Perhaps the best explanation for the Democrats’ decision to virtually shut down the Senate today can be found in one passage from CIA leak prosecutor Patrick Fitzgerald’s news conference last Friday:
This indictment is not about the war. This indictment’s not about the propriety of the war. And people who believe fervently in the war effort, people who oppose it, people who have mixed feelings about it should not look to this indictment for any resolution of how they feel or any vindication of how they feel….The indictment will not seek to prove that the war was justified or unjustified. This is stripped of that debate, and this is focused on a narrow transaction. And I think anyone who’s concerned about the war and has feelings for or against shouldn’t look to this criminal process for any answers or resolution of that.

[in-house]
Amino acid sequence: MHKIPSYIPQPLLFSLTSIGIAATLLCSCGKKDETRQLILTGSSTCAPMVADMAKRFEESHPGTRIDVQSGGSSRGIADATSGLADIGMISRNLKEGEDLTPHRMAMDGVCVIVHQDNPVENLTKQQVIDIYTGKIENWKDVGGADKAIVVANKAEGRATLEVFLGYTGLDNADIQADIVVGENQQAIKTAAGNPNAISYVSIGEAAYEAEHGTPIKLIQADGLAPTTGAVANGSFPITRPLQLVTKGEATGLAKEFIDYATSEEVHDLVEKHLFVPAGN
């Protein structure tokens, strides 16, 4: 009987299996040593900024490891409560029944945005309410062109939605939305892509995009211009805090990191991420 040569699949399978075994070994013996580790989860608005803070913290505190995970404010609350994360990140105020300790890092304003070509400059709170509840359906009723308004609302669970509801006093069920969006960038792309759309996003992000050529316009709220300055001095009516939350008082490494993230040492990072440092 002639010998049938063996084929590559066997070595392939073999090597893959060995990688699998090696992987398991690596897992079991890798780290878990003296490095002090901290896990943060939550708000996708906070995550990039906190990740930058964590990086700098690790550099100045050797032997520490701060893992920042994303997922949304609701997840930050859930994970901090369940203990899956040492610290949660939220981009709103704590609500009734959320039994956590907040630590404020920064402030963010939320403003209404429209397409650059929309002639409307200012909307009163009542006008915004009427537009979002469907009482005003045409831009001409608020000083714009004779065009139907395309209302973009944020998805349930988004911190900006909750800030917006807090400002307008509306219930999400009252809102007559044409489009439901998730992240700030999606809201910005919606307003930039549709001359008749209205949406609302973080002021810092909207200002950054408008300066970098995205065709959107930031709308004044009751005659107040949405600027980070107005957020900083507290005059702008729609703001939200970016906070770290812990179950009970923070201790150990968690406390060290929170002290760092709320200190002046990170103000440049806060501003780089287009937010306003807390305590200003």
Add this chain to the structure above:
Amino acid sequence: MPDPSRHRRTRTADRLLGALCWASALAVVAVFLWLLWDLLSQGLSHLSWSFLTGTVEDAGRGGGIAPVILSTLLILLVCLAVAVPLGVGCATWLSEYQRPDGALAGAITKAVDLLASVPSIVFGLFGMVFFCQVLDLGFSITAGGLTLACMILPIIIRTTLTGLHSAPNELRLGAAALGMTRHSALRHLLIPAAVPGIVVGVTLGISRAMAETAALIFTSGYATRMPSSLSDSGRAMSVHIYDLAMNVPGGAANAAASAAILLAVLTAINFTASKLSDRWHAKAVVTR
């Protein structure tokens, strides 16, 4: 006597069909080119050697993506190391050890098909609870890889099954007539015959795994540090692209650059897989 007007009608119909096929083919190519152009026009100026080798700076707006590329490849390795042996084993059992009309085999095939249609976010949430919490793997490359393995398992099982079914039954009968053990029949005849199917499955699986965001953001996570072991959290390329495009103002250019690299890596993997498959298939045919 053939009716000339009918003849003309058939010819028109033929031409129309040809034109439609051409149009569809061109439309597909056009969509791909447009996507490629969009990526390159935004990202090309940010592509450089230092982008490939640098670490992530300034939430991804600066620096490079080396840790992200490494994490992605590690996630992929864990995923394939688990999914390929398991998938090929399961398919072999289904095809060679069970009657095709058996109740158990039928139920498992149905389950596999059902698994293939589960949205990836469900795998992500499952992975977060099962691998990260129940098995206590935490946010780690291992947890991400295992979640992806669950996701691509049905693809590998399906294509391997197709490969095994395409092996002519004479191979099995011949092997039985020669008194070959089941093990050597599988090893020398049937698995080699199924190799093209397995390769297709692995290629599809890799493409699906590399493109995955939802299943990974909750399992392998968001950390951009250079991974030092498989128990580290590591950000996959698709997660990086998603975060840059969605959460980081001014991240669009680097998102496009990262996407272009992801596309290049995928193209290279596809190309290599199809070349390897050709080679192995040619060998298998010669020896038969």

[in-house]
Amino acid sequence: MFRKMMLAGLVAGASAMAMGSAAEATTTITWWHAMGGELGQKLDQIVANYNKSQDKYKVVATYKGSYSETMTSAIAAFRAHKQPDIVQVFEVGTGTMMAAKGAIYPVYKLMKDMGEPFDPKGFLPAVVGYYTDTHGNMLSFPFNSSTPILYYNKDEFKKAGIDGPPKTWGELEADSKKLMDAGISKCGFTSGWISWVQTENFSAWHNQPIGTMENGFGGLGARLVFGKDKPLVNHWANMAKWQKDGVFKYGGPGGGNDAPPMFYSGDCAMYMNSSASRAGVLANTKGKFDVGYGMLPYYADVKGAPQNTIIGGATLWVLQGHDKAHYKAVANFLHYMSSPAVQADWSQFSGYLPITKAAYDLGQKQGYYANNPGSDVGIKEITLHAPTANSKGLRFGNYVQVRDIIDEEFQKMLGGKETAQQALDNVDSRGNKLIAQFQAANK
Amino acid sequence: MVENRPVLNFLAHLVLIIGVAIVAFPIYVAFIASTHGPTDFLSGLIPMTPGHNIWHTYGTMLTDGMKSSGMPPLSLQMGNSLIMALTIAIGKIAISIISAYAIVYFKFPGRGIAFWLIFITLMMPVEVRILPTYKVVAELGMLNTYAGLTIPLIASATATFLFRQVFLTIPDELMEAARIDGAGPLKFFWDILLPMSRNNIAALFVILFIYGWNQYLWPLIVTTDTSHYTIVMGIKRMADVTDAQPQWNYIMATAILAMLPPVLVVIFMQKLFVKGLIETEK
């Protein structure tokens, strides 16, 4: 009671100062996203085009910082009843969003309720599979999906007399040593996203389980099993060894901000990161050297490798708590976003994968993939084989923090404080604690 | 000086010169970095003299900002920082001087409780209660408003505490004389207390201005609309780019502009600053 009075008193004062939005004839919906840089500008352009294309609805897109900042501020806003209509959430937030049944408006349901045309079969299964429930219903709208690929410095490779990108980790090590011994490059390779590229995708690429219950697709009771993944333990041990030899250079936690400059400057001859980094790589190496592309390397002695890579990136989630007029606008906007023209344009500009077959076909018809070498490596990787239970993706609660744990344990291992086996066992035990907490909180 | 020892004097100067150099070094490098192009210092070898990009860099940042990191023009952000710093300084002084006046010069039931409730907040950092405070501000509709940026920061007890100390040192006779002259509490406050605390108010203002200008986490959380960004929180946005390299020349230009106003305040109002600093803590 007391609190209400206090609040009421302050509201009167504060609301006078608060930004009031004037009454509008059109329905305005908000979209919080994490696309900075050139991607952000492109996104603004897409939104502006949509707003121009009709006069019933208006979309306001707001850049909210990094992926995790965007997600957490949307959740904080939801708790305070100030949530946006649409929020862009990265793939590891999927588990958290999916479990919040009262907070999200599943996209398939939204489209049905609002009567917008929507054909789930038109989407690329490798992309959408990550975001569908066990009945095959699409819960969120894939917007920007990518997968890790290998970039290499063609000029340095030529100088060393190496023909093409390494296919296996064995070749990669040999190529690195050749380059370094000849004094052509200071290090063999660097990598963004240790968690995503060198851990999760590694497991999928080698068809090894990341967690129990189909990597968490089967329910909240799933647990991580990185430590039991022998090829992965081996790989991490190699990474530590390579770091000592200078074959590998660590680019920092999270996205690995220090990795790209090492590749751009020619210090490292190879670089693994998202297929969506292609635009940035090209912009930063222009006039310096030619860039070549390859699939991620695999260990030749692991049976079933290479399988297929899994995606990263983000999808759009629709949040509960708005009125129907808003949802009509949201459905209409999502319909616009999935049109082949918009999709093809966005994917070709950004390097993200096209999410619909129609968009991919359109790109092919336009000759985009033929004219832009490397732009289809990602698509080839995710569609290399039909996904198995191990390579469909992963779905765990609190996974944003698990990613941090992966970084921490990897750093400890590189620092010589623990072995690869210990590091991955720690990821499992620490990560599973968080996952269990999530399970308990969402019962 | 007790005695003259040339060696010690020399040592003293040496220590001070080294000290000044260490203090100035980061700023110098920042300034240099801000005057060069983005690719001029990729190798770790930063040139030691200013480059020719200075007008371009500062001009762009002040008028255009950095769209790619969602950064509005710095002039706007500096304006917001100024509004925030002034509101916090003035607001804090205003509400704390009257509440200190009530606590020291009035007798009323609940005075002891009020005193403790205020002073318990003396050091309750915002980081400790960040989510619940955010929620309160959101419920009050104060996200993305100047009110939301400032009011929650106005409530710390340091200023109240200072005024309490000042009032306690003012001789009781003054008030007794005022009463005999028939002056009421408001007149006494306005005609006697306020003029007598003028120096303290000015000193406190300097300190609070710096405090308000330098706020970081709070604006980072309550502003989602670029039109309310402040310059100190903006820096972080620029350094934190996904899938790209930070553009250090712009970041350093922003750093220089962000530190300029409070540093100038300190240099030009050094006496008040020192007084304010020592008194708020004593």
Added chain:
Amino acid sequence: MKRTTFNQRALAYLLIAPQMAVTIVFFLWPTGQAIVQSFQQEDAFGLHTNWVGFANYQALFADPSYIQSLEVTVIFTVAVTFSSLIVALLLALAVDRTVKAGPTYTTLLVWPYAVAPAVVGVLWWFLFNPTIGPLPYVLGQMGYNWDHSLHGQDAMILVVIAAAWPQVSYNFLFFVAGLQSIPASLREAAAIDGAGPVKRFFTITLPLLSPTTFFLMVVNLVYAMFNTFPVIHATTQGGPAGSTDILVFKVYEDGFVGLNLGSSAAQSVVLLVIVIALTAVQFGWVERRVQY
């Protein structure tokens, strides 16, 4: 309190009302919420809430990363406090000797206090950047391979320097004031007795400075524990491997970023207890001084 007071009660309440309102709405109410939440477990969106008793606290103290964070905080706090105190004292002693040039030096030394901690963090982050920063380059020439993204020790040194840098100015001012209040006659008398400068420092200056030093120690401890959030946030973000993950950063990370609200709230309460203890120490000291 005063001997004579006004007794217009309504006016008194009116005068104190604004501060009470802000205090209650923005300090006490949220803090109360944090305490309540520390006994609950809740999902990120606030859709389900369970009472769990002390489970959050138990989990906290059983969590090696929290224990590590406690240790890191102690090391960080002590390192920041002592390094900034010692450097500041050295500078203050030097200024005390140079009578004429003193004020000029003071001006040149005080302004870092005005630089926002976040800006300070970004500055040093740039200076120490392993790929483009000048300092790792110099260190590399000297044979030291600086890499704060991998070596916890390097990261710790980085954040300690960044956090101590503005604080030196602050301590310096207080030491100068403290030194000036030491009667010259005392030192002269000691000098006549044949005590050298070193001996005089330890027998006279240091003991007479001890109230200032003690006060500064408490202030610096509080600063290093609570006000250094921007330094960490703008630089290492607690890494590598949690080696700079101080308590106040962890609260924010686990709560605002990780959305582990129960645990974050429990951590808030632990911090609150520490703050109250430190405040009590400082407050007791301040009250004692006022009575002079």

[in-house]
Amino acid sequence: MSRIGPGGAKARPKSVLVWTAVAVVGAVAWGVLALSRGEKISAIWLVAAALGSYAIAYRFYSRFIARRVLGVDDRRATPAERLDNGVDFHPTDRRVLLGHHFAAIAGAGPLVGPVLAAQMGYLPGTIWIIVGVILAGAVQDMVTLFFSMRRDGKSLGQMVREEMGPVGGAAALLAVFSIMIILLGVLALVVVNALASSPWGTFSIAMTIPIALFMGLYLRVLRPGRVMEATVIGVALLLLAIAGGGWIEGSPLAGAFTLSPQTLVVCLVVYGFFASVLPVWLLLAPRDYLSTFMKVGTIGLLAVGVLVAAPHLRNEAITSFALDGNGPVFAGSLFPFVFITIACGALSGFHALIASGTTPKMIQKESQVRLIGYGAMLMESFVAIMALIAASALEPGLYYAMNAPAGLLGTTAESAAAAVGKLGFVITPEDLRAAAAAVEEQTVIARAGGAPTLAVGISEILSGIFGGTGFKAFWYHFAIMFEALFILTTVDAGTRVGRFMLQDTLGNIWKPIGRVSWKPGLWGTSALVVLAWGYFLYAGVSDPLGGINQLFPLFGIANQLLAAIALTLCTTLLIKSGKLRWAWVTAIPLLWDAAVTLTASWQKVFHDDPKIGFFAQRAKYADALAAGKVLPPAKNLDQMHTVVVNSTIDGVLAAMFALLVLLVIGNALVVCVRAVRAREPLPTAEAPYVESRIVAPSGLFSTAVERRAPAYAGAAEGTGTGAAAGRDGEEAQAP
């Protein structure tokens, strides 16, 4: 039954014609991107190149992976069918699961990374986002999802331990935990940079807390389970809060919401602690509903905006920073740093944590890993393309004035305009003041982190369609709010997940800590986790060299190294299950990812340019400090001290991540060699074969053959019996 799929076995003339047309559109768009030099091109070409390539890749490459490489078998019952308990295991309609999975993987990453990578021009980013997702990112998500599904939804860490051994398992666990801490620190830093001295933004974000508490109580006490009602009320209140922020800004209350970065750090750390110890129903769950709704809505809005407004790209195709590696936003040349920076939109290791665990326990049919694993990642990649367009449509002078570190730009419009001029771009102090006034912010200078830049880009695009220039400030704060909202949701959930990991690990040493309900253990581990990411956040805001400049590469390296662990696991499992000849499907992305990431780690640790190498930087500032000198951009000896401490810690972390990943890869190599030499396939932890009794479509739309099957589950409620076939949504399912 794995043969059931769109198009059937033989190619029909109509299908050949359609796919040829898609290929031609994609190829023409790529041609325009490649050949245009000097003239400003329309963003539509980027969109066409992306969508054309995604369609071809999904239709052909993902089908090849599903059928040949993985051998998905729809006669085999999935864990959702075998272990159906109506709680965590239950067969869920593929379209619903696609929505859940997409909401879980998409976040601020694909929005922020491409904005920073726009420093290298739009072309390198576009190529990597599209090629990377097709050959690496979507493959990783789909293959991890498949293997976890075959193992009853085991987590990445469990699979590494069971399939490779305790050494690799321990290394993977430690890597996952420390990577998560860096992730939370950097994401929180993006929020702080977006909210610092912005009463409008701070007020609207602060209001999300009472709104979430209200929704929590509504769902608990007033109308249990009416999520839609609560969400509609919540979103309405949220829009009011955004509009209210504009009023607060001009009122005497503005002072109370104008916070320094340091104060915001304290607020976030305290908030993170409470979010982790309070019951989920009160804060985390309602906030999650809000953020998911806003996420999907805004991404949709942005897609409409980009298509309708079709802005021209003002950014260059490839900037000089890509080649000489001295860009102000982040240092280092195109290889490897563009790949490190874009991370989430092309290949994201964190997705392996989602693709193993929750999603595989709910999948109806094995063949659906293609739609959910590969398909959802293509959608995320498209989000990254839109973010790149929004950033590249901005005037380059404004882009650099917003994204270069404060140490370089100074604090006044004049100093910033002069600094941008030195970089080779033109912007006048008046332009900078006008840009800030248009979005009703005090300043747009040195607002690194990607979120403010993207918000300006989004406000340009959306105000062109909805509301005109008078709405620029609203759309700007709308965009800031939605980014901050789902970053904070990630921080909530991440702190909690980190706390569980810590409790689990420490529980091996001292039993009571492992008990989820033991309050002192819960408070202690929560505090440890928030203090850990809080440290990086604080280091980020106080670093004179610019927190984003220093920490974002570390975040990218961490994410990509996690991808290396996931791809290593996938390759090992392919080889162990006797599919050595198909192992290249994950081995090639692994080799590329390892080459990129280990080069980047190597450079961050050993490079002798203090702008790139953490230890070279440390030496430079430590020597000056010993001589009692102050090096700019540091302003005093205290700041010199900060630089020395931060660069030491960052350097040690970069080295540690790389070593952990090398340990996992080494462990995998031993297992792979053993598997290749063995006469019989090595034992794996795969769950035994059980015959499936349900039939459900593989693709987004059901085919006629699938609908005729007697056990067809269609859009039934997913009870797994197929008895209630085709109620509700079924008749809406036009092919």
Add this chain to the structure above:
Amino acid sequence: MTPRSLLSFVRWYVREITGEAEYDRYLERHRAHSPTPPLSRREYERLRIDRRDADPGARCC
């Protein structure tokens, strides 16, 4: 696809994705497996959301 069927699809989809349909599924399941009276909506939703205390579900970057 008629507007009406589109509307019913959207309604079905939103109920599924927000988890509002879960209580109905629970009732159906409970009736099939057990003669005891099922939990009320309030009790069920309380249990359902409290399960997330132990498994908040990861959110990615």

Fitzgerald’s statement, and his decision to confine the indictment of Lewis Libby to charges of lying and obstruction, threatened to dash the Democrats’ hope of using the CIA leak case as an opportunity to re-debate the reasons for going to war in Iraq. So the party, or at least its leaders in the Senate, has decided to use another route, the shutdown of the Senate, as a way to achieve that goal.